The visit by Libyan leader Col. Muammar Gadaffi to Uganda and the inauguration of the Mosque at Old Kampala was a huge statement about the Libyan leader’s strategic interests in Africa. Among the galaxy of African leaders who were there for the opening of the mosque, neither his host President Yoweri Museveni, nor President Paul Kagame of Rwanda, are known for piousness in their own religion (Christianity), let alone desiring to go through the rigours of another religion at an advanced age.
Apart from Museveni who openly expressed happiness for Gadaffi’s remark that all monotheists are Muslims, theirs was not a pilgrimage, and I do not envisage any of them doing the Hajj any time soon as Gadaffi suggested.
The leaders had business on their mind as shown after that mosque ceremony, by the signing of the pipeline deal. Uganda, Rwanda and Tamoil Africa, a Libyan company, signed the Kampala–Kigali oil pipeline deal in the presence of Gadaffi, probably to ship Libyan, and hopefully Ugandan oil later through this pipeline. So never mind the reported bruising, gun-drawing scuffles among the presidential bodyguards; the visit was worth every ounce of energy and air mile by the presidential jets.
So, do the leaders care about the remarks made by the Libyan leader about the falsehoods he says are in the Bible? Hardly. Museveni couldn’t care less. He is a known critic of Christianity, sometimes calling them as the Bible states ’whitewashed tombs full of rotting bones.’ On this issue, Museveni is more aligned to Gadaffi than to Bishops Niringiye and Sekamanya’s Christianity.
Kagame would probably not be drawn into a ‘useless’ argument. He might probably give you a pragmatic answer, to tell you that oil does not have a religion, and if the oil well happens to be in a mosque, he would go for it anyway. So the argument about the reliability of the Bible record is not an issue to both Museveni and Kagame.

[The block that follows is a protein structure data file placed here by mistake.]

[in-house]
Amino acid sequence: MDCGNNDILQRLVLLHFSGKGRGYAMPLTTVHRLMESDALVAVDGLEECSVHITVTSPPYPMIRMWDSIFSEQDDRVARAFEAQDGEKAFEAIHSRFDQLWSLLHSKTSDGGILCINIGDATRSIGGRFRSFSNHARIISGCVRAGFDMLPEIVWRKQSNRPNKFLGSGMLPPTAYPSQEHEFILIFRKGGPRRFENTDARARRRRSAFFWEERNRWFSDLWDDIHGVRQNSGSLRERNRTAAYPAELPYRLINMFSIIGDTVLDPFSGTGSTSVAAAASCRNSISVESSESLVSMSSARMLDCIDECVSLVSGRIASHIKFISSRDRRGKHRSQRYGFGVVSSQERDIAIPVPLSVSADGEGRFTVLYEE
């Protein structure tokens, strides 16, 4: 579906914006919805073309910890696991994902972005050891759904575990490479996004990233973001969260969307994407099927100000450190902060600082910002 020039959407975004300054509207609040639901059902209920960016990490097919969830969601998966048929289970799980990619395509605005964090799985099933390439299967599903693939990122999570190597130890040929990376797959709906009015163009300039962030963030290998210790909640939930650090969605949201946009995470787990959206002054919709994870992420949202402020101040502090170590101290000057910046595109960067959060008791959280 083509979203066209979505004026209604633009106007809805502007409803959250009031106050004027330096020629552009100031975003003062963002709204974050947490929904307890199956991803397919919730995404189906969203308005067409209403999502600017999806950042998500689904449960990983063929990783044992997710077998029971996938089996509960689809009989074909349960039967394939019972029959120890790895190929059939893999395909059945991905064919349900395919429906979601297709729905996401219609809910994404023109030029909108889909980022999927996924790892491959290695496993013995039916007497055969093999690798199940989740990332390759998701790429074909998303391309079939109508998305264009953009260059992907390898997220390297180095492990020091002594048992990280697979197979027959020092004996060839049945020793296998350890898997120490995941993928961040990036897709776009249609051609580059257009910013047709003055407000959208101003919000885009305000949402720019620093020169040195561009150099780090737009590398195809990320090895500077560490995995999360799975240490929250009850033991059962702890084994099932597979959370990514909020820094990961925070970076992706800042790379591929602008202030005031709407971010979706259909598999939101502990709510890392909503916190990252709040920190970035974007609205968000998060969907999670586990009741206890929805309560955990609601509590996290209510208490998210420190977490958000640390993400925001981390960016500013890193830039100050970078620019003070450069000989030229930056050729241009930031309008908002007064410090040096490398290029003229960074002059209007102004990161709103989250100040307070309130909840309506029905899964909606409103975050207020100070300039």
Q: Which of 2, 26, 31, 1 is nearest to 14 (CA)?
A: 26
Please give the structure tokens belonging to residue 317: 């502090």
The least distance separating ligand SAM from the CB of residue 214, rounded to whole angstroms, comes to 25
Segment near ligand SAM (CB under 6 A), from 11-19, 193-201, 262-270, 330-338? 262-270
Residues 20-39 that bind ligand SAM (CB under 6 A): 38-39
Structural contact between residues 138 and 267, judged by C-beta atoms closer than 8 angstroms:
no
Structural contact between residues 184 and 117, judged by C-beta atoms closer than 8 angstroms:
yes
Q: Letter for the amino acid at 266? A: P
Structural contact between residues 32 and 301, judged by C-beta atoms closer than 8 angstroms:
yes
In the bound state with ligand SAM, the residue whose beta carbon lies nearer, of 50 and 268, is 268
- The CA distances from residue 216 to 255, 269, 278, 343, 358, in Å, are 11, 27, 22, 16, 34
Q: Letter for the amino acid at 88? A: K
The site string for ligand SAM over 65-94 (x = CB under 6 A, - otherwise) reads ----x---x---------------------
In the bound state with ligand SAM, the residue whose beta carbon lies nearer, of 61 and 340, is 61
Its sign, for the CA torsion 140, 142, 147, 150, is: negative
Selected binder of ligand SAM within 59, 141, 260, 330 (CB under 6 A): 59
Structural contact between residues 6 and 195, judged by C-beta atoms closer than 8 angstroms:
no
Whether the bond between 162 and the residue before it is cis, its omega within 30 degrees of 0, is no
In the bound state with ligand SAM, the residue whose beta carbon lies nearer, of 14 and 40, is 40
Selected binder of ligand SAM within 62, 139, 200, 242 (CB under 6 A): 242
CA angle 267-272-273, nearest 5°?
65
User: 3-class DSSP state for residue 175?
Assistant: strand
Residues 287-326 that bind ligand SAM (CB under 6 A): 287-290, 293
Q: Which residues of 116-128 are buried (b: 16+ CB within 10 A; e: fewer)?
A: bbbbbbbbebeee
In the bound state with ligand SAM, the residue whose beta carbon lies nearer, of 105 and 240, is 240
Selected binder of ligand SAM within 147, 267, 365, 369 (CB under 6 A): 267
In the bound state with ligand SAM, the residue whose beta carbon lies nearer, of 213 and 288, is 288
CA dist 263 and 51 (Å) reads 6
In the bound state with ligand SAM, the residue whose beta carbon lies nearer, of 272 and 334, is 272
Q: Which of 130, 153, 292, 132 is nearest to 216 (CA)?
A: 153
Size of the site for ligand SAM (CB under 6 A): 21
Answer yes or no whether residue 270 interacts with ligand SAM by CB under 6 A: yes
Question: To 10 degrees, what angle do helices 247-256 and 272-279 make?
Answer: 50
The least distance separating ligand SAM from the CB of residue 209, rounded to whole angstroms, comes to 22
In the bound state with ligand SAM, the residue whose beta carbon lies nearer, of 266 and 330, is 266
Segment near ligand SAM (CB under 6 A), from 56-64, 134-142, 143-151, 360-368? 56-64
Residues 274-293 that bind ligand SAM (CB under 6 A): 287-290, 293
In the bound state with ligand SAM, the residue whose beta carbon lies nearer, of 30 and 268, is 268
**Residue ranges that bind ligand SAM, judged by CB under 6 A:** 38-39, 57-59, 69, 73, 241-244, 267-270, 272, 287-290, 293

So, did Gadaffi travel 5000 nautical miles on March 19, 2008 mainly to inaugurate a mosque? Most likely yes, but also for more.
Gadaffi who in my estimation equates Christianity to the Western world, had come to a zone where he could bash both without any qualms.
As a quick dividend, Museveni almost became an immediate convert when, according to media reports, he was pleasantly surprised that after all he (Museveni) could stay a Christian but also become Muslim because he believes in one God.
You can be sure the egghead in Museveni is looking for theological evidence to bash both Christian and Muslim extremists when an opportunity calls. Gadaffi will love that his proselytizing has rubbed off the heads of Africa’s presidents.
However, do not put it to only that. For all the eccentric nature apportioned to Gadaffi, he is not naïve. For some time now, Gadaffi has invested petrodollars in friendly countries in West Africa, and is now spreading his tentacles further South in what is predominantly Christian turf.
Investments in telecommunications alone in Africa are put at $7 billions.
Recently, a Libyan company, Lap Green Networks, snapped up 80% of Rwandatel for $100 million. The same company owns Uganda Telecom, Mali’s Sahel telecom and operates services in Ivory Coast and Niger too.
Gadaffi has invested his petrodollars in these endeavours and if he gives cheap oil to friendly countries, it will only be for a short term to stabilize their economies and at the cost of supporting some of his plans to compete with the West in Africa including - you must have guessed - the ideological package.
That is why Libyan aid to Rwanda might in the near future be a Muslim University to ideologically soften the business terrain and weed out undesirable ideological competition. Maybe it is about time to learn Arabic and read the Koran to compare it with the Bible. What harm could it possibly portend?
The writer can be reached at musemarcel @gmail.com